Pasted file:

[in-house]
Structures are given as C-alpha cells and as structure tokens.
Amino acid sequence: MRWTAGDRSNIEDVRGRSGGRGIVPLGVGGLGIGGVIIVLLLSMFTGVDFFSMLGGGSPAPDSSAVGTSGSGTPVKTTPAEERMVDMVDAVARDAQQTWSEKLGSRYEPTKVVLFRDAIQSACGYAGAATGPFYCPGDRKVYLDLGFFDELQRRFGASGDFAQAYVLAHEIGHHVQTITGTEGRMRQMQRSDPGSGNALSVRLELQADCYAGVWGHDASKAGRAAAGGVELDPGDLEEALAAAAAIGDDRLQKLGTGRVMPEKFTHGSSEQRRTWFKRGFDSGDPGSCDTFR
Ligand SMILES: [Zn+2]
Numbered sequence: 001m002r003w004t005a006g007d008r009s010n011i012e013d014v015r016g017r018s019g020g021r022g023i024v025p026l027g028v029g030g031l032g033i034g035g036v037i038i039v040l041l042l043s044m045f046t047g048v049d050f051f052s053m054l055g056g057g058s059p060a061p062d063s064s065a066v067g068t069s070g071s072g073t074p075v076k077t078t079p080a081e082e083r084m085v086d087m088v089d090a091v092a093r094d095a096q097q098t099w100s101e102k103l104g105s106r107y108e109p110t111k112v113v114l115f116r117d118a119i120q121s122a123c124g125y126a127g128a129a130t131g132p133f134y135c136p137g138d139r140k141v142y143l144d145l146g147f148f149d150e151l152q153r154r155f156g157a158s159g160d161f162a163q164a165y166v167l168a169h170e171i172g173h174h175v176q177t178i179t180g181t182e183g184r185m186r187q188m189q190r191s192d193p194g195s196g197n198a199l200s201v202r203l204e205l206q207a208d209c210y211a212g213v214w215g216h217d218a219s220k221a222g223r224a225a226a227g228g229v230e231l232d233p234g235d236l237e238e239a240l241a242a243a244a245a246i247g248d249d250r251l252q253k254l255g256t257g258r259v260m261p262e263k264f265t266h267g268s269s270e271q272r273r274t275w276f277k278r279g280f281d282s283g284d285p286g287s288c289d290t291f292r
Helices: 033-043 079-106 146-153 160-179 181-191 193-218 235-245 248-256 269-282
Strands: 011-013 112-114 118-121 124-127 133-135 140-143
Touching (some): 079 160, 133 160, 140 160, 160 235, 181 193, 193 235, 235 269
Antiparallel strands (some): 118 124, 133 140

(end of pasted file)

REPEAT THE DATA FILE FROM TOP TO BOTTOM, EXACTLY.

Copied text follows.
[in-house]
Structures are given as C-alpha cells and as structure tokens.
Amino acid sequence: MRWTAGDRSNIEDVRGRSGGRGIVPLGVGGLGIGGVIIVLLLSMFTGVDFFSMLGGGSPAPDSSAVGTSGSGTPVKTTPAEERMVDMVDAVARDAQQTWSEKLGSRYEPTKVVLFRDAIQSACGYAGAATGPFYCPGDRKVYLDLGFFDELQRRFGASGDFAQAYVLAHEIGHHVQTITGTEGRMRQMQRSDPGSGNALSVRLELQADCYAGVWGHDASKAGRAAAGGVELDPGDLEEALAAAAAIGDDRLQKLGTGRVMPEKFTHGSSEQRRTWFKRGFDSGDPGSCDTFR
Ligand SMILES: [Zn+2]
Numbered sequence: 001m002r003w004t005a006g007d008r009s010n011i012e013d014v015r016g017r018s019g020g021r022g023i024v025p026l027g028v029g030g031l032g033i034g035g036v037i038i039v040l041l042l043s044m045f046t047g048v049d050f051f052s053m054l055g056g057g058s059p060a061p062d063s064s065a066v067g068t069s070g071s072g073t074p075v076k077t078t079p080a081e082e083r084m085v086d087m088v089d090a091v092a093r094d095a096q097q098t099w100s101e102k103l104g105s106r107y108e109p110t111k112v113v114l115f116r117d118a119i120q121s122a123c124g125y126a127g128a129a130t131g132p133f134y135c136p137g138d139r140k141v142y143l144d145l146g147f148f149d150e151l152q153r154r155f156g157a158s159g160d161f162a163q164a165y166v167l168a169h170e171i172g173h174h175v176q177t178i179t180g181t182e183g184r185m186r187q188m189q190r191s192d193p194g195s196g197n198a199l200s201v202r203l204e205l206q207a208d209c210y211a212g213v214w215g216h217d218a219s220k221a222g223r224a225a226a227g228g229v230e231l232d233p234g235d236l237e238e239a240l241a242a243a244a245a246i247g248d249d250r251l252q253k254l255g256t257g258r259v260m261p262e263k264f265t266h267g268s269s270e271q272r273r274t275w276f277k278r279g280f281d282s283g284d285p286g287s288c289d290t291f292r
Helices: 033-043 079-106 146-153 160-179 181-191 193-218 235-245 248-256 269-282
Strands: 011-013 112-114 118-121 124-127 133-135 140-143
Touching (some): 079 160, 133 160, 140 160, 160 235, 181 193, 193 235, 235 269
Antiparallel strands (some): 118 124, 133 140